(COMMERCIAL BREAK)

ROMANS: Just who are these Millennials? That generation born after 1981, defined as young people 18-30 years old. There are more than 45 million of them, their current unemployment rate around 13.5 percent. According to research from Pew, they are less religious, less likely to have served in the military, and they could be the most-educated generation in American history.

But is this new tech-savvy generation cut out to compete in this rough job market? Back with us, Tamara Draut, who is also the author of "Strapped: Why America's 20s and 30s-Somethings Can't Get Ahead"; and Jean Twenge, a professor at San Diego State University and an author of "Generation Me."

Jean, wow, these kids are confident. They are entitled. They were raised in a fast-paced, rewards-based environment. Are they cut out for this new job market?

JEAN TWENGE, AUTHOR, "THE NARCISSISM EPIDEMIC": The good news is, of course, some of them are, some are hardworking and have realistic expectations, and so on. But there is a reasonably large segment who grew up in this time of plenty when, you know, for their childhood they would just show up and they got a trophy just for participating. They've really come to have these very high expectations.

What we found in the research, you look at baby boomers, Generation Xers, and the Gen Me, at the same age, the biggest generational difference in terms of attitudes toward work, is Gen Me says, I don't really want to work that hard. I don't want to work overtime. I want a job with a lot of vacation. They still say they want the status and the prestige and the money. That's the problem. That's where you really run into trouble, is when you have not just the desire for the status and prestige, but you say you don't want to work hard to get there. That's where you are really seeing the disconnect with this group.

ROMANS: You know, it is interesting because someone once described it to me, Jean, as you know this is the first generation that knew more about self-esteem than self-discipline. They've been taught all the time not to be disappointed, and you're special and you're the best, maybe because the generation before them had to work so hard or didn't get as much attention.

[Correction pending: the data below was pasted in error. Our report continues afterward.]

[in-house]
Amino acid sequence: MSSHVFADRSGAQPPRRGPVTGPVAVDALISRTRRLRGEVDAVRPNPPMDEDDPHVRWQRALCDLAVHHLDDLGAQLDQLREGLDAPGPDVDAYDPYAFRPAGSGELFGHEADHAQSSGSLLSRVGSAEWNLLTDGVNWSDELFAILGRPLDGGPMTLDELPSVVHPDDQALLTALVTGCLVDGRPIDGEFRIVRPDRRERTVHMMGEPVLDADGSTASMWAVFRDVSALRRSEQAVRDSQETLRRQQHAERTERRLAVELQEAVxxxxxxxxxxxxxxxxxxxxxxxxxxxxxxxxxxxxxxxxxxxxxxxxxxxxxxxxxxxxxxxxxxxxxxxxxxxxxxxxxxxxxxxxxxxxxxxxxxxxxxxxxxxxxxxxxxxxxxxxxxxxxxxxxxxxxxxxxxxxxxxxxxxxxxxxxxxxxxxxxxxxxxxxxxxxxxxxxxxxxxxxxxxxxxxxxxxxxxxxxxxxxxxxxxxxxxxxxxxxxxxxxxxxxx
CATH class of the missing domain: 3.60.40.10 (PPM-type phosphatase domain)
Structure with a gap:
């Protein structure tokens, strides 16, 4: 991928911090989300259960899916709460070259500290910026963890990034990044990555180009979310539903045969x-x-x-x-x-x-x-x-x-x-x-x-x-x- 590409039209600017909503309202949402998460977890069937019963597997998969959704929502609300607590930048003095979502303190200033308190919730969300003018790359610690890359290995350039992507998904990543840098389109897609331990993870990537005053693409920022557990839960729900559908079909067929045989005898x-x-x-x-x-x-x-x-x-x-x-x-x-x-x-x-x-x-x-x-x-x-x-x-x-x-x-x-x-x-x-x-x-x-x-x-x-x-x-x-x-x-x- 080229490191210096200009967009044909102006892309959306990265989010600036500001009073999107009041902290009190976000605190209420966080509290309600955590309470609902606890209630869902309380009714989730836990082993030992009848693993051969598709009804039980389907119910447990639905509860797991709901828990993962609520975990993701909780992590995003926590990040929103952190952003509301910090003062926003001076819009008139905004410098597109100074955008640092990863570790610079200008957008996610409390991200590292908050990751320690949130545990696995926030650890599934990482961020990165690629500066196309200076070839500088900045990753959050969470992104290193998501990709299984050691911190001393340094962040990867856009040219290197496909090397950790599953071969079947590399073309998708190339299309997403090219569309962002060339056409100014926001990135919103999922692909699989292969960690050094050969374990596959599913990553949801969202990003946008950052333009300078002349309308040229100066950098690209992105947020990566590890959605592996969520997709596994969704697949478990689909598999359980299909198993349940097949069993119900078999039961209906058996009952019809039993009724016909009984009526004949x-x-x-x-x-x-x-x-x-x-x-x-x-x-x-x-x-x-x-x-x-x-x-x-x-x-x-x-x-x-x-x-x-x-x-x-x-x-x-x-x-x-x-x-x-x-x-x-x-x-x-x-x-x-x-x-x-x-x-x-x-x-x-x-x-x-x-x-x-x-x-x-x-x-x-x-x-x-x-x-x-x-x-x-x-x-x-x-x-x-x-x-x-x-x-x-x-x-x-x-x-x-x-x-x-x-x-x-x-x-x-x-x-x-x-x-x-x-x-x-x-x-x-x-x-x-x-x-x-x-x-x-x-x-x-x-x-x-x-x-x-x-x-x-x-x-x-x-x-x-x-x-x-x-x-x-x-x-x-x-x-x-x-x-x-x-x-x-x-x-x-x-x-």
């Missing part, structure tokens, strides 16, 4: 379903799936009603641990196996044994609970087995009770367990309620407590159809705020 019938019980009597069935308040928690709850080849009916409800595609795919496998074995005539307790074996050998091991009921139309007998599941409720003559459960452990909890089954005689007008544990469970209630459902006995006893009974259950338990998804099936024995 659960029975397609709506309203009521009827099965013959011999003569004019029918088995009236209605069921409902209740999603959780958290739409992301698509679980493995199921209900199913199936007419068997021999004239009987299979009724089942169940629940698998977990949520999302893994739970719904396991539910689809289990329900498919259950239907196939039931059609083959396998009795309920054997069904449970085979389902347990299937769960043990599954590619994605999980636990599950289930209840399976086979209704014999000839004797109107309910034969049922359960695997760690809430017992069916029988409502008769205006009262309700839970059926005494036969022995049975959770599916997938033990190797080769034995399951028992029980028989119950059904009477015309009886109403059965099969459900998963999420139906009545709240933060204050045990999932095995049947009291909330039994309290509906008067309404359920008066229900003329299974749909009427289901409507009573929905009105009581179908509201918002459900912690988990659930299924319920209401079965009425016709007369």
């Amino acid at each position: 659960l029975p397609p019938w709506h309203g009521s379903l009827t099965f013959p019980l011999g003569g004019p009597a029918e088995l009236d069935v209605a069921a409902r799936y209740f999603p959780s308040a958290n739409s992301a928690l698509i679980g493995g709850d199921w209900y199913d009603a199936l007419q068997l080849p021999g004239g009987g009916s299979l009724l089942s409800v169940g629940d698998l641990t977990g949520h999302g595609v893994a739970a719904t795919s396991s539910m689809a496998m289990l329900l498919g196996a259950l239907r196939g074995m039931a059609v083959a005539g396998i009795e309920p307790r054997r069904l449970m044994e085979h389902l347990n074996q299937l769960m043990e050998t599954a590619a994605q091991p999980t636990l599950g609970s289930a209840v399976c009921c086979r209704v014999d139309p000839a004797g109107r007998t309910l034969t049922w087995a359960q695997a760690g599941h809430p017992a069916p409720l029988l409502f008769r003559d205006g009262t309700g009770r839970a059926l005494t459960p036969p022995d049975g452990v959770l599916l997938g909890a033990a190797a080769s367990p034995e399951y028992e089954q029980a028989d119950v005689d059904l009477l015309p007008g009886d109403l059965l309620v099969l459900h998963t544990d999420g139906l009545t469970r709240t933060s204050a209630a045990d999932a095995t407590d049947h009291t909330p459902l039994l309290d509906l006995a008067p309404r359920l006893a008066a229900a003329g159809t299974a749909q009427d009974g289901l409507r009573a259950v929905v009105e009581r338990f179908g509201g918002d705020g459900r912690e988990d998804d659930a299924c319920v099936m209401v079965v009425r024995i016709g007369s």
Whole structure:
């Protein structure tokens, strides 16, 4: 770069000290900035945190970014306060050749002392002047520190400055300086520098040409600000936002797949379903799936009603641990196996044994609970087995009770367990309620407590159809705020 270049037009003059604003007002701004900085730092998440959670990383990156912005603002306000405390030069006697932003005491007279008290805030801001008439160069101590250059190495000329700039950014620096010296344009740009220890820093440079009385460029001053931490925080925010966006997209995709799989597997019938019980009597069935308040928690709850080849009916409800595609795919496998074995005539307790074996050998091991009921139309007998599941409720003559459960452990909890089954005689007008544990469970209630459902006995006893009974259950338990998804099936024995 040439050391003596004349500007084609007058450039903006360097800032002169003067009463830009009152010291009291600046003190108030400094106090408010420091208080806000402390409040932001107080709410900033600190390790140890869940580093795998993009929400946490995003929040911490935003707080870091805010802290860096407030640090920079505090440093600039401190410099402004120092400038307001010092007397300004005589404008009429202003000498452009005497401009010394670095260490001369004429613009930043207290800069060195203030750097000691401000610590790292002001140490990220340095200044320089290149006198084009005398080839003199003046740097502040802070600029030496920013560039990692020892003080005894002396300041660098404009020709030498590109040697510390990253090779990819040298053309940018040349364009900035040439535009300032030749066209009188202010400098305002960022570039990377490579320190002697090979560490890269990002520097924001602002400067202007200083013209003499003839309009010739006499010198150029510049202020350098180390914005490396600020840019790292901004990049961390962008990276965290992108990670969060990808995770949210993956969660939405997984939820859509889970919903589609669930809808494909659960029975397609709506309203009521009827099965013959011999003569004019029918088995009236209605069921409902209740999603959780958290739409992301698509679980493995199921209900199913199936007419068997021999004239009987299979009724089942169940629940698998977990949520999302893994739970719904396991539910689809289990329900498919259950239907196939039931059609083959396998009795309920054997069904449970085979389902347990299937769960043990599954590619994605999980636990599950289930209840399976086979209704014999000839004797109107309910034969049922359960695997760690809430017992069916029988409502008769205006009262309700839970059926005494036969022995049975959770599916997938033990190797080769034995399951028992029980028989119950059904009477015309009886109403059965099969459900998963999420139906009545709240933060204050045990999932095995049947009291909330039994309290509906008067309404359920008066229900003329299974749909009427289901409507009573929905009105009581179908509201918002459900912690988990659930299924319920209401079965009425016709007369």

TWENGE: It's possible. And this is an overall cultural change. That's the other thing you have to keep in mind. Generations are about culture. So, Gen Me didn't just wake up one day and say, Hey, I'm awesome. Just give me the job and I don't want to work. They got these ideas from somewhere. They got them from their parents, their teachers and so on.

This really is a whole cultural change. Mostly toward focusing on the individual, which can have really good things, but I think it's been taken too far, in emphasizing self-esteem, which really doesn't cause success, we know from the research.

ROMANS: Right.

TWENGE: And not as much of this self-control and self- discipline, which really does lead to success.

ROMANS: Tamara, let me bring you in. Because you have written about this as well. Whatever the qualities, they simply haven't had a chance yet. And there aren't really the opportunities for them to even try it out. On one hand, they say they're not cut out for the new workforce. Maybe the workforce isn't caught out for them yet?

DRAUT: Yes, this economy certainly has dealt a raw deal to young people. You know a couple of things that we look at. Do young people want jobs? Absolutely. The latest research shows that 40 percent of 20-somethings in college degrees are working in jobs that don't require a college degree. So they're eager to work.

You know, when I think about the heartbeat of this generation, if you can generalize about a generation, which is hard to do.

(LAUGHTER)

DRAUT: I think of the quintessential Generation Me person is getting up every morning, taking a full load of classes at the community college, going her waitressing job at night, then hitting the books till the wee hours of the morning. And getting up and doing it all over again. If you go to any community college in America, you will see young people who are desperate to get a toehold in this economy.